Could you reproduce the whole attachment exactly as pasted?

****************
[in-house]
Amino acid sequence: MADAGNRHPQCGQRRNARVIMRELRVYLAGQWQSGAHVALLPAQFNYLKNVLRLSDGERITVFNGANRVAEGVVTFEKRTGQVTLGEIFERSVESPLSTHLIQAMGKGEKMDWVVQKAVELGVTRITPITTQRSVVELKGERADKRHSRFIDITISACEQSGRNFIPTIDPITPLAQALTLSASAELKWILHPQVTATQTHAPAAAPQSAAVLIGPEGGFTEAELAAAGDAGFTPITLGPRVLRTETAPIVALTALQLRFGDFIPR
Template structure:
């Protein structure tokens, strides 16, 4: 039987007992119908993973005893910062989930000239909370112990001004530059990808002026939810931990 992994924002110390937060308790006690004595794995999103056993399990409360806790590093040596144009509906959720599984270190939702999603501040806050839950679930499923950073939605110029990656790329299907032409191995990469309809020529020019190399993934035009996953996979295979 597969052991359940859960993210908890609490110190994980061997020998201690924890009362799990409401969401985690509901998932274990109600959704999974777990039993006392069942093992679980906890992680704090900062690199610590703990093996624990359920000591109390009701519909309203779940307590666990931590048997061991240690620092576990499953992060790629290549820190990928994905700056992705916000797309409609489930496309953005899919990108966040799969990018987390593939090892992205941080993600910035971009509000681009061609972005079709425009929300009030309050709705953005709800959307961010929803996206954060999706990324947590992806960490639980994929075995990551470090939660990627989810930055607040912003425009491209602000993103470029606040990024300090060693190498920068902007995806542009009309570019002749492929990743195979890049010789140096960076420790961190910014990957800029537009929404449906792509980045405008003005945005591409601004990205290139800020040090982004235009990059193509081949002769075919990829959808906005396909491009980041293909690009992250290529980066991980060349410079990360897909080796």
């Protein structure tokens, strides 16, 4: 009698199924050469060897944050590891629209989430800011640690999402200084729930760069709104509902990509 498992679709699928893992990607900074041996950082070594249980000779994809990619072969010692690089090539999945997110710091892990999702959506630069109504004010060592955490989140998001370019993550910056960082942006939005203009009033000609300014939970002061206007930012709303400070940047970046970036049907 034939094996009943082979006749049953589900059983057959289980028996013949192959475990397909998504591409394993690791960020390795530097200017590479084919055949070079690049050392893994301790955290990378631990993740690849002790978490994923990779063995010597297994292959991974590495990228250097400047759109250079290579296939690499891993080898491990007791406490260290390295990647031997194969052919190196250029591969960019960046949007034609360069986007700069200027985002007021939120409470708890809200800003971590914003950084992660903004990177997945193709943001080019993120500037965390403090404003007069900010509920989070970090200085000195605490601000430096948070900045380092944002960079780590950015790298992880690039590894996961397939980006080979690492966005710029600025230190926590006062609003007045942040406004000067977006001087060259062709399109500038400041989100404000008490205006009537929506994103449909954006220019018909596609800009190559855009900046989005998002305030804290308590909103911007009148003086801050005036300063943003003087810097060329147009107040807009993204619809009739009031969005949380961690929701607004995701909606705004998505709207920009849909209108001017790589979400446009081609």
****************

[in-house]
Amino acid sequence: MADAGNRHPQCGQRRNARVIMRELRVYLAGQWQSGAHVALLPAQFNYLKNVLRLSDGERITVFNGANRVAEGVVTFEKRTGQVTLGEIFERSVESPLSTHLIQAMGKGEKMDWVVQKAVELGVTRITPITTQRSVVELKGERADKRHSRFIDITISACEQSGRNFIPTIDPITPLAQALTLSASAELKWILHPQVTATQTHAPAAAPQSAAVLIGPEGGFTEAELAAAGDAGFTPITLGPRVLRTETAPIVALTALQLRFGDFIPR
Template structure:
């Protein structure tokens, strides 16, 4: 039987007992119908993973005893910062989930000239909370112990001004530059990808002026939810931990 992994924002110390937060308790006690004595794995999103056993399990409360806790590093040596144009509906959720599984270190939702999603501040806050839950679930499923950073939605110029990656790329299907032409191995990469309809020529020019190399993934035009996953996979295979 597969052991359940859960993210908890609490110190994980061997020998201690924890009362799990409401969401985690509901998932274990109600959704999974777990039993006392069942093992679980906890992680704090900062690199610590703990093996624990359920000591109390009701519909309203779940307590666990931590048997061991240690620092576990499953992060790629290549820190990928994905700056992705916000797309409609489930496309953005899919990108966040799969990018987390593939090892992205941080993600910035971009509000681009061609972005079709425009929300009030309050709705953005709800959307961010929803996206954060999706990324947590992806960490639980994929075995990551470090939660990627989810930055607040912003425009491209602000993103470029606040990024300090060693190498920068902007995806542009009309570019002749492929990743195979890049010789140096960076420790961190910014990957800029537009929404449906792509980045405008003005945005591409601004990205290139800020040090982004235009990059193509081949002769075919990829959808906005396909491009980041293909690009992250290529980066991980060349410079990360897909080796």
């Protein structure tokens, strides 16, 4: 009698199924050469060897944050590891629209989430800011640690999402200084729930760069709104509902990509 498992679709699928893992990607900074041996950082070594249980000779994809990619072969010692690089090539999945997110710091892990999702959506630069109504004010060592955490989140998001370019993550910056960082942006939005203009009033000609300014939970002061206007930012709303400070940047970046970036049907 034939094996009943082979006749049953589900059983057959289980028996013949192959475990397909998504591409394993690791960020390795530097200017590479084919055949070079690049050392893994301790955290990378631990993740690849002790978490994923990779063995010597297994292959991974590495990228250097400047759109250079290579296939690499891993080898491990007791406490260290390295990647031997194969052919190196250029591969960019960046949007034609360069986007700069200027985002007021939120409470708890809200800003971590914003950084992660903004990177997945193709943001080019993120500037965390403090404003007069900010509920989070970090200085000195605490601000430096948070900045380092944002960079780590950015790298992880690039590894996961397939980006080979690492966005710029600025230190926590006062609003007045942040406004000067977006001087060259062709399109500038400041989100404000008490205006009537929506994103449909954006220019018909596609800009190559855009900046989005998002305030804290308590909103911007009148003086801050005036300063943003003087810097060329147009107040807009993204619809009739009031969005949380961690929701607004995701909606705004998505709207920009849909209108001017790589979400446009081609």